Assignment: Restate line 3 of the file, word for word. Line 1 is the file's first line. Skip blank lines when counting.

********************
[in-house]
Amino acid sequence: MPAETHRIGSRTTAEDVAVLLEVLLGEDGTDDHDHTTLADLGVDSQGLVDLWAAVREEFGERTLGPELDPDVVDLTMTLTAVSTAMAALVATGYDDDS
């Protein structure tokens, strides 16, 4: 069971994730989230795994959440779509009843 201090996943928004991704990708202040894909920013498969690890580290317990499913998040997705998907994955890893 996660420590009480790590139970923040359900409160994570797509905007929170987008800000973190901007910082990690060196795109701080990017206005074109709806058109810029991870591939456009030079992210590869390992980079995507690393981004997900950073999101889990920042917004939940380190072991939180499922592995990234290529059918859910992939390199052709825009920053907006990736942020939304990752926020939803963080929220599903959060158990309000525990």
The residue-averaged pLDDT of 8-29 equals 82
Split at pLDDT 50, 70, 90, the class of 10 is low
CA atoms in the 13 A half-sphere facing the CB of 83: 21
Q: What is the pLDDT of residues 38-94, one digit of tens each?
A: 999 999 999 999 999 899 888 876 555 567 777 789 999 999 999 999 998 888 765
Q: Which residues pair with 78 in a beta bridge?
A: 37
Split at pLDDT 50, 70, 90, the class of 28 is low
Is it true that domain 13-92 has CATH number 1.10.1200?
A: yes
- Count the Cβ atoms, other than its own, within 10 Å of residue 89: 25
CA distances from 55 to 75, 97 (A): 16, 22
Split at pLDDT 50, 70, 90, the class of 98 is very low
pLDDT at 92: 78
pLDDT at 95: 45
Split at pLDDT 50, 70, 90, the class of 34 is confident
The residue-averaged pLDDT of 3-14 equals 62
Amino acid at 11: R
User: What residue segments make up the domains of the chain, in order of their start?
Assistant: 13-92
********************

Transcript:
């Protein structure tokens, strides 16, 4: 069971994730989230795994959440779509009843 201090996943928004991704990708202040894909920013498969690890580290317990499913998040997705998907994955890893 996660420590009480790590139970923040359900409160994570797509905007929170987008800000973190901007910082990690060196795109701080990017206005074109709806058109810029991870591939456009030079992210590869390992980079995507690393981004997900950073999101889990920042917004939940380190072991939180499922592995990234290529059918859910992939390199052709825009920053907006990736942020939304990752926020939803963080929220599903959060158990309000525990």